A few thoughts: First, even if they had, I don't see a problem per se. Tracing phone records and matching phone numbers is simply a smart way of tracking terrorists. Even from the article, it is clear that the United States was not listening to conversations, which is exactly what the President promised months ago. But that is not the main point anymore.
Is this some kind of huge coverup, or simply an erroneous story? The USA Today now says:
"We're confident in our coverage of the phone database story," Anderson added, "but we won't summarily dismiss BellSouth's and Verizon's denials without taking a closer look."What does this mean? Apparently, BellSouth's spokesman never agreed to the reporter's allegations when contacted about the story, and the paper is simply satisfied with the fact that BellSouth did not "challenge" the story. "Without taking a closer look" - shouldn't that closer look have been taken before publishing what obviously was a huge story?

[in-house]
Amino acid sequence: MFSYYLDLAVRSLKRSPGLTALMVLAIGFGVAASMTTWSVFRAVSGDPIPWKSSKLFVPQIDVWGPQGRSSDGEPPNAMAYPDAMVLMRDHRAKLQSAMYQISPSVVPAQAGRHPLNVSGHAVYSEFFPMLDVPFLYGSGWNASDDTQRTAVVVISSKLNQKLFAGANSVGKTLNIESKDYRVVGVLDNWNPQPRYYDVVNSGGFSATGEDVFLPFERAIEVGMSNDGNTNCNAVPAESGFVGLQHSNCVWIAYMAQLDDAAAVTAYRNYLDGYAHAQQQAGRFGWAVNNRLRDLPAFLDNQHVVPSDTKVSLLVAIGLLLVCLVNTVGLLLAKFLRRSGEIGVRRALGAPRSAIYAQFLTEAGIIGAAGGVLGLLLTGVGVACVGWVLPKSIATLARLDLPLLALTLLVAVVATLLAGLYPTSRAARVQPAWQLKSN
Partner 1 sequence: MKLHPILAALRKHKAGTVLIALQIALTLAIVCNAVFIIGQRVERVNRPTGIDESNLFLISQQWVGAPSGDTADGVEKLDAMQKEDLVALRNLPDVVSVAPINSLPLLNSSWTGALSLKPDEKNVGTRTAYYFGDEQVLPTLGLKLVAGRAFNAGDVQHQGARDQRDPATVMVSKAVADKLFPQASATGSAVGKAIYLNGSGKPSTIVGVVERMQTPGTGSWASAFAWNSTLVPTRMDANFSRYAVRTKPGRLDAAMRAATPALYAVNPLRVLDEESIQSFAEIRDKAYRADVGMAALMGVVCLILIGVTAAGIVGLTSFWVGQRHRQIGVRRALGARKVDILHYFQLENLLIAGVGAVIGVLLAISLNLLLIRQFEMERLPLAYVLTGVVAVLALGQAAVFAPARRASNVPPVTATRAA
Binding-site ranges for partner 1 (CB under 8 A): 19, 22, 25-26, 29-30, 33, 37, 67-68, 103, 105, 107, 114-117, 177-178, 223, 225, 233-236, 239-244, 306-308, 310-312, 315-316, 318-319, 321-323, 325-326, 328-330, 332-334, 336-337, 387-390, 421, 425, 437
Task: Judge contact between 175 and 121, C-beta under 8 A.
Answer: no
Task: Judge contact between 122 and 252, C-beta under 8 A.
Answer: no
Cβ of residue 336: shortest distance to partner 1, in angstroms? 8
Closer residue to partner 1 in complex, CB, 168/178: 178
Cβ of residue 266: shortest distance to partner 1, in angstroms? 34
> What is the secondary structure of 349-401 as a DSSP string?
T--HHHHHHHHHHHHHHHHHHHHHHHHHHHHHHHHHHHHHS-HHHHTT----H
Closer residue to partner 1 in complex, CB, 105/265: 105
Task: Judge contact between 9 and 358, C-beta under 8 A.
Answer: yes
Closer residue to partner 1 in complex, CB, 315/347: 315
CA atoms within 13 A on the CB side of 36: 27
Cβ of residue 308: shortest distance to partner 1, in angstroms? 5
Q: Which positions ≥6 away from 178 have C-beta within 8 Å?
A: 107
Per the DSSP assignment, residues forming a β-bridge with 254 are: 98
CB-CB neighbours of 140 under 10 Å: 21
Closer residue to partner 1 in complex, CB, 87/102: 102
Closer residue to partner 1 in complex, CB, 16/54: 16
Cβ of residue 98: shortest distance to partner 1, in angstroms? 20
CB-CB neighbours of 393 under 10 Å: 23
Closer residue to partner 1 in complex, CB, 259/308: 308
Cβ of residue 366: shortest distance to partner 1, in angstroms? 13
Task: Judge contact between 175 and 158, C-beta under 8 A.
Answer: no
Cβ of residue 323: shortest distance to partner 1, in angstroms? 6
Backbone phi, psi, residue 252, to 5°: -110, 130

Furthermore, Verizon notes an error on the part of the paper:
Verizon also said USA Today erred in not drawing a distinction between long-distance and local telephone calls.Another excellent point. All of this, of course, leaves a large question: Who are the anonymous sources whom USA Today relied on in publishing this story? Are they people with an axe to grind against the President or the Republican Party? More and more, it seems that anonymous sources are simply using the media as proxy to pursue an agenda. It behooves the media to act more responsibly in publishing stories, particularly from sources unwilling to stand by their words. It is not without reason that many question the neutrality of the media - stories such as this only further that impression.
"Phone companies do not even make records of local calls in most cases because the vast majority of customers are not billed per call for local calls," Verizon's statement said.
Take a closer look, indeed.